First steps to getting off the meds

Over the 15 or so years that I was on the meds, I was pretty faithful to taking them on a daily basis. I was religious about getting refills and actually looked forward to visiting my pharmacist two or three times a month. I made friends with the staff, joking around and talking about drugs and life. I wasn’t that guy who didn’t take his meds. Let’s be clear about this.

But even though I was able to make friends with the pharmacy staff, I always felt a kind of shame that I was there. I never shared this with any of my therapists, but had I, it seems to me that they would have tried to assuage my feelings of being less than human.

Did I say “less than human”?

The entire time that I was on the meds, I really didn’t feel like I’d been liberated by them. But that was the point, right? That I’d take these meds and they would make me feel “normal” — whatever that means?

So I dutifully took my meds, all the while feeling bad about them; my support network of family, friends, health professionals, and even priests telling me that I had a chemical imbalance. And all the while, I knew that it was a bad idea.

But the meds did help somewhat. They did help me deal with my feelings a bit so that I could deal with reality somewhat, but I wasn’t fully alive. And, insofar as I wasn’t fully alive, I wasn’t human. Here is an important topic of investigation in its own right, but not for this post: namely, my thought that folks who are taking meds tend to feel less than human.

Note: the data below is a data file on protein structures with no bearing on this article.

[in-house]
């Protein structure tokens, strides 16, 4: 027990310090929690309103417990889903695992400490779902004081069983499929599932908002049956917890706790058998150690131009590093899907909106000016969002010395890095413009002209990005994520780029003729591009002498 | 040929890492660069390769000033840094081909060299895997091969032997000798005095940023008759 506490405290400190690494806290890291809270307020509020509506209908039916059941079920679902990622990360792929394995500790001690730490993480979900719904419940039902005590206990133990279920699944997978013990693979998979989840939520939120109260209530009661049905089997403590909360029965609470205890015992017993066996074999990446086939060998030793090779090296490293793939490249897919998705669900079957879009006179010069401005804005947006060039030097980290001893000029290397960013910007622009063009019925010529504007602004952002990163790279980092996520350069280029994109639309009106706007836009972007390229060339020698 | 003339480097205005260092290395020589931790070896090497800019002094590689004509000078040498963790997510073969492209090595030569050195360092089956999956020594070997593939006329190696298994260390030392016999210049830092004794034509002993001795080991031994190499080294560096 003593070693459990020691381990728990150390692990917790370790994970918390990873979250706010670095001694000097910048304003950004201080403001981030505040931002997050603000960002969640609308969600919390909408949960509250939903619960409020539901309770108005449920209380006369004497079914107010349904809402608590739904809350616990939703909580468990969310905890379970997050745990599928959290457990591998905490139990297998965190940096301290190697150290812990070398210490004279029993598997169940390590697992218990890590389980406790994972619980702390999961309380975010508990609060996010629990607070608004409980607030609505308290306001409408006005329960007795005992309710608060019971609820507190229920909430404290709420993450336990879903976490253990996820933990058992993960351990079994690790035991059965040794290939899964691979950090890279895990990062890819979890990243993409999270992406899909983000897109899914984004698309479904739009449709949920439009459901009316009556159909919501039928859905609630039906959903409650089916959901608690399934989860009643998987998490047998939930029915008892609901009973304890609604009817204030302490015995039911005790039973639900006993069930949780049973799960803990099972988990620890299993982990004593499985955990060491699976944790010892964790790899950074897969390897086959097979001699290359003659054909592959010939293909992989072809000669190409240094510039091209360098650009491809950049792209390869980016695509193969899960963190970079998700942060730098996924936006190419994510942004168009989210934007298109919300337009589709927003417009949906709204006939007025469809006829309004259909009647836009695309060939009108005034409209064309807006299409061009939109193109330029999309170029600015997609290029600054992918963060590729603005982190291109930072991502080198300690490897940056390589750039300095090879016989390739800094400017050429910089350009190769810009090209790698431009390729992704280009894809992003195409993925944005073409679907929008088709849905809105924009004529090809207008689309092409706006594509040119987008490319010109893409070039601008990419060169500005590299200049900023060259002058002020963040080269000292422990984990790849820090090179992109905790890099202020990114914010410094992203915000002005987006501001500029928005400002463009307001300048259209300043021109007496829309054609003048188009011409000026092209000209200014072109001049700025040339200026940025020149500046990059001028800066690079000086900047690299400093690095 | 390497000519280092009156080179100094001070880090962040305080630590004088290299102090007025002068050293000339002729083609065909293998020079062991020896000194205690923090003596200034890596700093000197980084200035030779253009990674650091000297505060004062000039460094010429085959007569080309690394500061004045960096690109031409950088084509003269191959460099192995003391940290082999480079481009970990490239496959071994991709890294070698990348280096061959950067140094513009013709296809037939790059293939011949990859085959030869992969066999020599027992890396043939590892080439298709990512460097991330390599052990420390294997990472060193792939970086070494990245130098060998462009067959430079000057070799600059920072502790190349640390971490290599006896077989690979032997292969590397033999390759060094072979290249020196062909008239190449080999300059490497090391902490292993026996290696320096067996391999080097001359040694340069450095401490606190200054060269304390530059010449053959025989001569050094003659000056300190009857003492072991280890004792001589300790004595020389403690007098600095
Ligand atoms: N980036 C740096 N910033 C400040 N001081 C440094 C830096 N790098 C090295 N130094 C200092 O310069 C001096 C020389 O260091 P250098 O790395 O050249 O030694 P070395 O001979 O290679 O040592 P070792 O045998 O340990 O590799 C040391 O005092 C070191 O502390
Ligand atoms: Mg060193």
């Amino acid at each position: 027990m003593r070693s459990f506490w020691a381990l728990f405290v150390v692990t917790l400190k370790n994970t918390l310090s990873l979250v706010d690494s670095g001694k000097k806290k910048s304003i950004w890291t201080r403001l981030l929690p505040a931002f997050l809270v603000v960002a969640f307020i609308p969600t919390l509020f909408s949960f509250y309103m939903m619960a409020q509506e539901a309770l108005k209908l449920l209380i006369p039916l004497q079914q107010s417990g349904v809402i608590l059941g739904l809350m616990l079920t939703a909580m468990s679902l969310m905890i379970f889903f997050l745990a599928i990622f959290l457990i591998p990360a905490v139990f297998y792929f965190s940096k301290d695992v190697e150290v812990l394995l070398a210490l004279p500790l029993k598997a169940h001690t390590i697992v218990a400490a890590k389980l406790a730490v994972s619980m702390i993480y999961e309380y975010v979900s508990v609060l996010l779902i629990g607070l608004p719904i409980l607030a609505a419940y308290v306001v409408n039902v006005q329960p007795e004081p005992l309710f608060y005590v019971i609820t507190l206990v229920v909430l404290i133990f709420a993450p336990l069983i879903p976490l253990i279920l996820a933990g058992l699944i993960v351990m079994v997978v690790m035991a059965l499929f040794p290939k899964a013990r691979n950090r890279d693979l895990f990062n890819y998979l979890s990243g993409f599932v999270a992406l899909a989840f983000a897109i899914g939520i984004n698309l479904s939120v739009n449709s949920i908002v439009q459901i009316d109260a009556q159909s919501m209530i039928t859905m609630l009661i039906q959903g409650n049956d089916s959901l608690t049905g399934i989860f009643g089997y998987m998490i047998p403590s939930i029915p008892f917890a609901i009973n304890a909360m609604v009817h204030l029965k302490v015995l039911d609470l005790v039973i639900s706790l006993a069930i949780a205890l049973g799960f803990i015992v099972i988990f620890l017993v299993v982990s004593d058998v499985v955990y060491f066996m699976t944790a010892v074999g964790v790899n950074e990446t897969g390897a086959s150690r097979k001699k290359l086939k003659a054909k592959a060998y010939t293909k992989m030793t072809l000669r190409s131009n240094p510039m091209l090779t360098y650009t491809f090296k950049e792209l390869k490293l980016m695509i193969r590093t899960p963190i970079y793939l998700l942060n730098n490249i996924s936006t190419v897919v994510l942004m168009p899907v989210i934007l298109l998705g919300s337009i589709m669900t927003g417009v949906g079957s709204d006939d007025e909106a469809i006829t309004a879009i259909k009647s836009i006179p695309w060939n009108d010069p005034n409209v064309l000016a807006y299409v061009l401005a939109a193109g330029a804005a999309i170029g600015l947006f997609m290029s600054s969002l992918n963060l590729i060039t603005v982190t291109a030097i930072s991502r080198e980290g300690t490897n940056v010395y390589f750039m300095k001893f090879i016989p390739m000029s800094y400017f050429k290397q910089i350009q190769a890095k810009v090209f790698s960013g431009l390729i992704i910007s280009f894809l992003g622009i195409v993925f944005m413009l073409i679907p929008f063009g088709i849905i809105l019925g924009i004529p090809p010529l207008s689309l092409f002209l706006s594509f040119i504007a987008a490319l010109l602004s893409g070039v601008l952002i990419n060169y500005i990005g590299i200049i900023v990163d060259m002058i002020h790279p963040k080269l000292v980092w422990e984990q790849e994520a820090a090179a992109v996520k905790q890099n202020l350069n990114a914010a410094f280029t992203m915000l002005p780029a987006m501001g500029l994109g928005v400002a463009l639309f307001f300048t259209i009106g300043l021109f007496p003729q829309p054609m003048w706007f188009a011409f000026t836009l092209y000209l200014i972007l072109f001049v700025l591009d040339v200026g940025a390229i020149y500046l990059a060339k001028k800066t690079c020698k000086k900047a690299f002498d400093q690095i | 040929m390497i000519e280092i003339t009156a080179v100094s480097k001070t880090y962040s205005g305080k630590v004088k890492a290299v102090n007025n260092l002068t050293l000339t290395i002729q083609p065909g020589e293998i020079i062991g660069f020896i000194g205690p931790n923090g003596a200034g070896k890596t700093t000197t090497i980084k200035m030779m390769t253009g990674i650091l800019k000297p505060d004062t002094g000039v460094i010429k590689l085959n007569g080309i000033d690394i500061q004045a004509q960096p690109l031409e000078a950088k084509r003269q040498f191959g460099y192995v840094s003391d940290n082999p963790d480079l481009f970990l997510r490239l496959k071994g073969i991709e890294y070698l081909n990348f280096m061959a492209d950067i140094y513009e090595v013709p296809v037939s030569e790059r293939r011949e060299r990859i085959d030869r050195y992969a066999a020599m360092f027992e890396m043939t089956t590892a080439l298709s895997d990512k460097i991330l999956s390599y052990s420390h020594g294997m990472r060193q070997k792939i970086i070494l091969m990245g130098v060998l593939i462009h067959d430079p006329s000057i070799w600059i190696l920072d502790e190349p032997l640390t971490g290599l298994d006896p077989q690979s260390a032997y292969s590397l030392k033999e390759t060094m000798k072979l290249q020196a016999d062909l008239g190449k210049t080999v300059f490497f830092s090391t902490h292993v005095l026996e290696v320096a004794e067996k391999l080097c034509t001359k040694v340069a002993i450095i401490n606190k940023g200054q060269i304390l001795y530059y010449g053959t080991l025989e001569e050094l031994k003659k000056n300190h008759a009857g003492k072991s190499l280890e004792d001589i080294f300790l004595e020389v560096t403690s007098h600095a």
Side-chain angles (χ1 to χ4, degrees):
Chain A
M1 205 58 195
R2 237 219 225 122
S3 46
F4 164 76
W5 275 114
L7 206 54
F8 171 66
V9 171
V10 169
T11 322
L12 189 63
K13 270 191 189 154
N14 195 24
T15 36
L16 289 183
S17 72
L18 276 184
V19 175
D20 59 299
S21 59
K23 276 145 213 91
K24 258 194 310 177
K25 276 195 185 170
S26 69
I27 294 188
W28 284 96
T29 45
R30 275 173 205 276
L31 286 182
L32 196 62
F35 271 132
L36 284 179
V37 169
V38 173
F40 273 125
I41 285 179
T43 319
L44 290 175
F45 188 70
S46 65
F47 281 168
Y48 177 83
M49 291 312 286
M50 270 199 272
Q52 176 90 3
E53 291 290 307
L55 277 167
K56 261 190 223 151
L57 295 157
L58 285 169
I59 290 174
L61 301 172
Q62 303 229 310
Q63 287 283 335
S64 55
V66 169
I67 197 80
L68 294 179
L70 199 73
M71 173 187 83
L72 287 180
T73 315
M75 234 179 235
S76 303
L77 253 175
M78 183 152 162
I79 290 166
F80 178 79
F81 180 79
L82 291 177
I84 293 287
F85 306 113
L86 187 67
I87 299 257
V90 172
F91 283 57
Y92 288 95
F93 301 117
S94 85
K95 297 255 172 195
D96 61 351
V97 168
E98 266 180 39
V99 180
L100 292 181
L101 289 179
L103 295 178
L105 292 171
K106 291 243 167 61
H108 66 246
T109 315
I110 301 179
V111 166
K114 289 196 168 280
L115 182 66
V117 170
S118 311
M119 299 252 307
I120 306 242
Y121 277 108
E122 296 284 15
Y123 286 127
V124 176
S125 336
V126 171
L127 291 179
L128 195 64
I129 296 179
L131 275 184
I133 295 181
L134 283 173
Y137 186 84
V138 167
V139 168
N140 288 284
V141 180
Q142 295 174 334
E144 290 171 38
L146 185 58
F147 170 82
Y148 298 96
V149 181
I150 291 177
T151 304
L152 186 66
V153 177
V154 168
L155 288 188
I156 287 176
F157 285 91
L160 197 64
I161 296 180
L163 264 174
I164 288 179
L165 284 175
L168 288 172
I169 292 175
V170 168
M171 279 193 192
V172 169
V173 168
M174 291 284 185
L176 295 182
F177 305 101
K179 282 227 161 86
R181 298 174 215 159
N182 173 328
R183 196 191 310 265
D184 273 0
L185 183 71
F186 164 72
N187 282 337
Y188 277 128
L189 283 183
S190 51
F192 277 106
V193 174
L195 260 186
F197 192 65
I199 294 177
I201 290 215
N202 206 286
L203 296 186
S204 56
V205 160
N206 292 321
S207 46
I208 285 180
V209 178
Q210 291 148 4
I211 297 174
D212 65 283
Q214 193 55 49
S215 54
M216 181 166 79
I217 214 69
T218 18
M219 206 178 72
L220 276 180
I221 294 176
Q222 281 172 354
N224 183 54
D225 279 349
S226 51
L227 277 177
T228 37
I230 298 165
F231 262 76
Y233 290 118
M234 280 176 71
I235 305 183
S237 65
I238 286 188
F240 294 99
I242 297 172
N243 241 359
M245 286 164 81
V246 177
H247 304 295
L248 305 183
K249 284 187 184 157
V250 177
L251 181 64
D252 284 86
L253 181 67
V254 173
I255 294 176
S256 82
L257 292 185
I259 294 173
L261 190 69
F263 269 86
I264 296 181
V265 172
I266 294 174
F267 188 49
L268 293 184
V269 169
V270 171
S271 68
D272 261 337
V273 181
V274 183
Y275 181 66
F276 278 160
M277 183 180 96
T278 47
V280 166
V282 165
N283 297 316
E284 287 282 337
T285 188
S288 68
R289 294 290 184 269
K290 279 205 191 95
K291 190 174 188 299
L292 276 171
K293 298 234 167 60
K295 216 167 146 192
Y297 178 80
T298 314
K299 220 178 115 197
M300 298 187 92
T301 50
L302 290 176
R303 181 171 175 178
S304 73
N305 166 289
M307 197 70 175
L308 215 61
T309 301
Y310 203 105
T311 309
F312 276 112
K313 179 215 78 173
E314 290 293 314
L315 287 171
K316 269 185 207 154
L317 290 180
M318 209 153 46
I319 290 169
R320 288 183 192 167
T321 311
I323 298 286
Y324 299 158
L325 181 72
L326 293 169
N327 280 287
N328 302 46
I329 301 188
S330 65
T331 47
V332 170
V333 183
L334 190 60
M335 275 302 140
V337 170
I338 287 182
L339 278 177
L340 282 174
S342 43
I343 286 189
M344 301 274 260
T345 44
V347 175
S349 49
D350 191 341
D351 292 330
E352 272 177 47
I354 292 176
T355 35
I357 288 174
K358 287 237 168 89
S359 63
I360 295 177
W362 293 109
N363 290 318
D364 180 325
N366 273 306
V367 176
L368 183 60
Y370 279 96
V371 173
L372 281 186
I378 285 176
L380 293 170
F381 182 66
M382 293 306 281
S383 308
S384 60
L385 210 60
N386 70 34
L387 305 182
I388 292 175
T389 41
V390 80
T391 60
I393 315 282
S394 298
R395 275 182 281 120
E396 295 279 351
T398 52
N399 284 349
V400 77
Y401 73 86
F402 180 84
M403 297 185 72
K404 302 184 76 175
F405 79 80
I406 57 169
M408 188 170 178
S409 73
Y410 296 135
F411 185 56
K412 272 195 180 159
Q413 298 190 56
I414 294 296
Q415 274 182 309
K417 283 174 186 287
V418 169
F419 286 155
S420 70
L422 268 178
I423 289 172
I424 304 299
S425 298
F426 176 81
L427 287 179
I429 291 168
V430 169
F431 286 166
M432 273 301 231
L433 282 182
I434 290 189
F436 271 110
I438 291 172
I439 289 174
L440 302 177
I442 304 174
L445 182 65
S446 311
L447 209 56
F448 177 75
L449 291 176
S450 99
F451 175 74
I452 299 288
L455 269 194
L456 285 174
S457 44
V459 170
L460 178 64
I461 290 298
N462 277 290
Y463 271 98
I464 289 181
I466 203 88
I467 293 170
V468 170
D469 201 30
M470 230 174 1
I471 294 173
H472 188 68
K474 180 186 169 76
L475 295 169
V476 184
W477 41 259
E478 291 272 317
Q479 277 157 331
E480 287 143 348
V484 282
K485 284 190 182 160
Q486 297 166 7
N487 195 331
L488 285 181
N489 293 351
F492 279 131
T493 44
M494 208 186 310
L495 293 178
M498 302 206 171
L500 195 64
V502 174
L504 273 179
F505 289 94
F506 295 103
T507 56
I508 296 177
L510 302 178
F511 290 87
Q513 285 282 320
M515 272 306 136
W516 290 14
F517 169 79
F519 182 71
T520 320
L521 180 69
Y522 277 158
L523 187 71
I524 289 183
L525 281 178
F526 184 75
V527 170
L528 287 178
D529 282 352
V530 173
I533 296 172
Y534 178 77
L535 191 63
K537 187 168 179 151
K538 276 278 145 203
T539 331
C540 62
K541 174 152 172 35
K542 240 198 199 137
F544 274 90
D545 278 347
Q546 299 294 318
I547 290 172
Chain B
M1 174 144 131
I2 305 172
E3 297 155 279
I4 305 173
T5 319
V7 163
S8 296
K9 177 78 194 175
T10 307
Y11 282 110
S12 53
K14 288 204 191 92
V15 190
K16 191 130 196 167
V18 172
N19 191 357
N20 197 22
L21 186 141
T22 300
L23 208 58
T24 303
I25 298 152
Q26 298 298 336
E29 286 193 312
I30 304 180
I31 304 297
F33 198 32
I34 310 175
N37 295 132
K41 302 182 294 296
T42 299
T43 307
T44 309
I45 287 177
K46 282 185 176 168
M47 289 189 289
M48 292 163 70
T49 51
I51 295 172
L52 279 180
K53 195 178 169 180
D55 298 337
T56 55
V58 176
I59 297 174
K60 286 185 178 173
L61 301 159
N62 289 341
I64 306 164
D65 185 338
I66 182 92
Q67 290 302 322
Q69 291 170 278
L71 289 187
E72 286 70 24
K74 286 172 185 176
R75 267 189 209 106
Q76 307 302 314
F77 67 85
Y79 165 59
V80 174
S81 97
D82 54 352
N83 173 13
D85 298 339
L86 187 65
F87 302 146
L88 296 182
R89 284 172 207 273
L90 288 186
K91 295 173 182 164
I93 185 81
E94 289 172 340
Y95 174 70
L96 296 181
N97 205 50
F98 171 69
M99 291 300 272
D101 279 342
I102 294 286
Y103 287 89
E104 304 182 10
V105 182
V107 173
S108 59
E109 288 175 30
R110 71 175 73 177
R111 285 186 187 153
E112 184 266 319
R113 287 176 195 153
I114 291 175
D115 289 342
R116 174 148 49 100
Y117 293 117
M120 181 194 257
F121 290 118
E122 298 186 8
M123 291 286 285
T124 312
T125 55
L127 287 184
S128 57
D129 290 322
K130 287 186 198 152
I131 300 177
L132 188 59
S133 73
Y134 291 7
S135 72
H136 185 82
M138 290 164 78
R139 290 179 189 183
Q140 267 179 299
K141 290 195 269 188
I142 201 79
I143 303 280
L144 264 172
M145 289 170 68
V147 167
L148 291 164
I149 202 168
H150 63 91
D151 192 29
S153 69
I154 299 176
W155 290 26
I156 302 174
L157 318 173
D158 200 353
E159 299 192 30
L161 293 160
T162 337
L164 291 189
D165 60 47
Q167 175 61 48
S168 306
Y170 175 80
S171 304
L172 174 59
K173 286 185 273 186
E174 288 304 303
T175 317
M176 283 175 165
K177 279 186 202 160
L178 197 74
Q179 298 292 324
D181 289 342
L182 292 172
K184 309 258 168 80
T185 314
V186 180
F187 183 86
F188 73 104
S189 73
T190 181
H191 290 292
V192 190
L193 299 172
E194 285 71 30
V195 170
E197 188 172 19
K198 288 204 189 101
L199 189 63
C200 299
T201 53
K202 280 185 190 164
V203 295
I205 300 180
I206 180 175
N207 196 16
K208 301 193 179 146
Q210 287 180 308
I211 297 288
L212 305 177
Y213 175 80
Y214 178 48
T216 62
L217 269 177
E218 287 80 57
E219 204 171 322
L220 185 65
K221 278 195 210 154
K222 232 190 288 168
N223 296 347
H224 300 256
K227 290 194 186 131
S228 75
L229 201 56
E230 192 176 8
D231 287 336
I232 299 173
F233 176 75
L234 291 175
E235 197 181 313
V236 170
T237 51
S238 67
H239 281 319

While I was on the meds, I did engage in some pretty good and very dynamic therapy. I did a lot of CBT (cognitive behavioral therapy) and other things, and I tried to stay faithful to my prayer life. As time progressed, I repaired relationships with my family and made healthier friendships. And I prayed more.

The main thing that was going on was building healthy relationships: With God and with others. Over the course of time, I was dealing with other people better and making deeper connections with them. It’s interesting to note that it wasn’t my immediate family who first benefited from my dedication to relationships, but those I met in groups and outside the home.

I think that if someone had guided me along, I may have made much better progress. But the reality is that I was (am?) a pretty proud and stubborn fellow, so I’m not sure that would have worked for me. I think I hadn’t suffered enough to learn how to make things work. I’m one of those guys that needs to figure things out on my own.

So if you’re thinking of going off your meds. Take the long view: It’s possible, but have a good plan. First, work on your relationship with God, and then work on your relationships with others. Repair the emotional damage you’ve done in the home, and work on keeping only those friends who are healthy.

As a practical consideration, make your life positive. We’ll talk more about that in the next post. Peace and blessings on your journey!





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